lunedì 10 marzo 2008

Alcoholic Drinks of the Middle Ages

Alcoholic Drinks of the Middle Ages
The intent of this writing is not to provide the reader with a recipe list, although recipes will be included in the text. What I hope to achieve is to provide a single, comprehensive source of documentation for all phases of the production of alcohol and its use in various drinks which can be used for competitions in the Arts and Sciences, or simply for personal knowledge. This type of information is often more difficult to find in our craft than it might be in many others and I hope that this will become a useful reference for all brewers and vinters.

To this end I have located what period sources that I could find (The Closet of Sir Kenelme Digbie Kt. Opened and Delightes for Ladies being excellent sources, as were others), as well as many others which are authoritative on the subject. The reader will find, herein, liberal doses of direct quotations from these writings, with the original sources credited, either directly in the text, or in associated footnotes. The footnotes will usually state only the author's name, the article or book referenced and the pages referenced. This will then refer to the complete bibliography. I have included a number of actual recipes throughout this writing, all of which are period recipes with the only exception being Mistrss Priscilka's recipe for Sake. Modifications can be made in these recipes as long as the materials used are correct for the type of drink which is being prepared the results should imitate the actual period beverage to within reasonable limits. Please note that modern tastes are generally quite different than those held in period and some modifications may be made simply so that oneself and one's friends will be willing to drink the finished product. Substitutions and modifications, however, have to be carefully chosen, so as not to change too much the overall character of the finished drink.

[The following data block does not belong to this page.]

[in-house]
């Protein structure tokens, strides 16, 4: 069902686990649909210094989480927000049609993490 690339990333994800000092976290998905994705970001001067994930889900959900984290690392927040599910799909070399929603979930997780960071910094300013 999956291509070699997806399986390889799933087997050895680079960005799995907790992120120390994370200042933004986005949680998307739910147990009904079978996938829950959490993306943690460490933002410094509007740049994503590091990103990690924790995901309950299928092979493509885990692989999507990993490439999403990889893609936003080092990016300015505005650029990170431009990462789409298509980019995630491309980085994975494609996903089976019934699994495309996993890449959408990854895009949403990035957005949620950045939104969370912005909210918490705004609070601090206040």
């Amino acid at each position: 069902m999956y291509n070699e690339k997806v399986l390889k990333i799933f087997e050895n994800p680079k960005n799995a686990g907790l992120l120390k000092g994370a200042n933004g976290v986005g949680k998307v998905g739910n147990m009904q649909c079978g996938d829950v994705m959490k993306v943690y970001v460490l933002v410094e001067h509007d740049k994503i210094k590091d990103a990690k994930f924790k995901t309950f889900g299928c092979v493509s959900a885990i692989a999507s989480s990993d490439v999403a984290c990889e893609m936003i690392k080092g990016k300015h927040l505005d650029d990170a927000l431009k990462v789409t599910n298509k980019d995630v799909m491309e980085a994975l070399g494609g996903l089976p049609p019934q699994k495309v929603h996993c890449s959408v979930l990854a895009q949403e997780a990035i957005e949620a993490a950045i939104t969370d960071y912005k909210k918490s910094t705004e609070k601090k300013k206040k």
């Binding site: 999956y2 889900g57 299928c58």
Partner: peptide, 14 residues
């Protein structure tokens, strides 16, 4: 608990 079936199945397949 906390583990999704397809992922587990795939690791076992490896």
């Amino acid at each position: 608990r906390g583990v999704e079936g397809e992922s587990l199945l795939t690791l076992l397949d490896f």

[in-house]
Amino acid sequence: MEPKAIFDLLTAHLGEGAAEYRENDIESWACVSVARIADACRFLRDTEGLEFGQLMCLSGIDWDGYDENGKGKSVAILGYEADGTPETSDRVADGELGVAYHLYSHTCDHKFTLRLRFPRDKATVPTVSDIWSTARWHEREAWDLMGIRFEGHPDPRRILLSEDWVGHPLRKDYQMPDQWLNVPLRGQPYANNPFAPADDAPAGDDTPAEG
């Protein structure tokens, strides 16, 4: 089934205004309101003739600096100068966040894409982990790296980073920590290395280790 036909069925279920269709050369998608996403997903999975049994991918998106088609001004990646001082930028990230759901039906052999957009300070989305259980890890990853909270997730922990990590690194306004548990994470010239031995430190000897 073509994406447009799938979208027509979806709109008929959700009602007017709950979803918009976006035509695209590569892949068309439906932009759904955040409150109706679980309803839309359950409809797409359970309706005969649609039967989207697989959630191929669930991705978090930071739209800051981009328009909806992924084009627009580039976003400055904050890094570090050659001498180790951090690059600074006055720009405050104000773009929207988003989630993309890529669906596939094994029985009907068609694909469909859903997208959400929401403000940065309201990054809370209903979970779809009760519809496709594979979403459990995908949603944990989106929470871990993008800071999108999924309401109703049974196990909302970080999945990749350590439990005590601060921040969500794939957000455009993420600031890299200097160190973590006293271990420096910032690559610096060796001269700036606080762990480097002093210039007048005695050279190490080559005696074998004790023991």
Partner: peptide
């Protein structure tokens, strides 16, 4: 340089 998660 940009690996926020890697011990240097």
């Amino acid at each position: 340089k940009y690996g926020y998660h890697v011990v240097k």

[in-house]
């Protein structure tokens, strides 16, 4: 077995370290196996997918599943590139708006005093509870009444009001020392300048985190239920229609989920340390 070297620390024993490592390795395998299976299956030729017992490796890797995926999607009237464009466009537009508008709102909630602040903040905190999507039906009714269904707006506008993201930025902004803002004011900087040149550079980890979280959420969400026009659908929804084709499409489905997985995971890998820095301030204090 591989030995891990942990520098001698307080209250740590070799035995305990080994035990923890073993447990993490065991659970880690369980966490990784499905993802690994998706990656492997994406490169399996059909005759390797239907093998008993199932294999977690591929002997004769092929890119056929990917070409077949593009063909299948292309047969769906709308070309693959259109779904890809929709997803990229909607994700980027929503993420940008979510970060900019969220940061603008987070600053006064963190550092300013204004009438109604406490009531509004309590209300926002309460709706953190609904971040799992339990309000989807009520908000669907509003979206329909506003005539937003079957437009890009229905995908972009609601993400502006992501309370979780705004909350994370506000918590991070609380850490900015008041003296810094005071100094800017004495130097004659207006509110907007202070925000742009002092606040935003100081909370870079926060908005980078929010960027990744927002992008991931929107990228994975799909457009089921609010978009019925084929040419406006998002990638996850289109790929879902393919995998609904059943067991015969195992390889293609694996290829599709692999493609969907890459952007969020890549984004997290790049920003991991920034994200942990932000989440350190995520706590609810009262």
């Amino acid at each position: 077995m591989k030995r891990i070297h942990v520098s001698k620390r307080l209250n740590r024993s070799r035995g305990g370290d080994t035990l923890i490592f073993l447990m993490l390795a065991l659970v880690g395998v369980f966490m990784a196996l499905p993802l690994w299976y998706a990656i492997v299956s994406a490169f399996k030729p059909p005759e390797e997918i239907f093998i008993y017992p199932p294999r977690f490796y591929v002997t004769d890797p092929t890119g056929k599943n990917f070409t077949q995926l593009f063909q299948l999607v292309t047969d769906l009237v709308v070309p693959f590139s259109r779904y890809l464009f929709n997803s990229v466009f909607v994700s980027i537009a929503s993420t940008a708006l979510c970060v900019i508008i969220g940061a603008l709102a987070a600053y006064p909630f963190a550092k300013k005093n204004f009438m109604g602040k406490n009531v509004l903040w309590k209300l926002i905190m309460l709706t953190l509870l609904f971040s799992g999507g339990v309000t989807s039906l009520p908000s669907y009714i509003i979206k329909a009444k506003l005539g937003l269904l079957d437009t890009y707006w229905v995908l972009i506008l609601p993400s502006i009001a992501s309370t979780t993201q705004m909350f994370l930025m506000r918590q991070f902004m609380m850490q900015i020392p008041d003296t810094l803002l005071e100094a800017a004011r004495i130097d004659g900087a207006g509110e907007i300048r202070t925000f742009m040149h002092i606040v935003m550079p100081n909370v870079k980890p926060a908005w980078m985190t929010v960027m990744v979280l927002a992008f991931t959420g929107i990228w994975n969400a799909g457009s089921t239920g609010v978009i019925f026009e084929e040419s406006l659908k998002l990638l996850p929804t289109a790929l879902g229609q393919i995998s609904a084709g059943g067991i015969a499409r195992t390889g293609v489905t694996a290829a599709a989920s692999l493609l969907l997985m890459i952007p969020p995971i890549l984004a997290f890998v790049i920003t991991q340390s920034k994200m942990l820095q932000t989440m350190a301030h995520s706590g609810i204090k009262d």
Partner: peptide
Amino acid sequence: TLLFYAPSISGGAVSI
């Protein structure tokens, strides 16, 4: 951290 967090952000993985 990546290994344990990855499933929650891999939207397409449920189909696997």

Procedures, however, are another matter entirely. I most heartily agree with Mistress Prisilka od Cervany Kamen (aka Priscilla Kucik), who recommends the use of period recipes along with modern preparation techniques1. These techniques include cleanliness to the point of sterility and the use of non-porous airtight containers. Another point on the recipes, in the case of actual period recipes which have come down as they were originally written, I will repeat them in the same manner so that techniques, style and materials can be learned.

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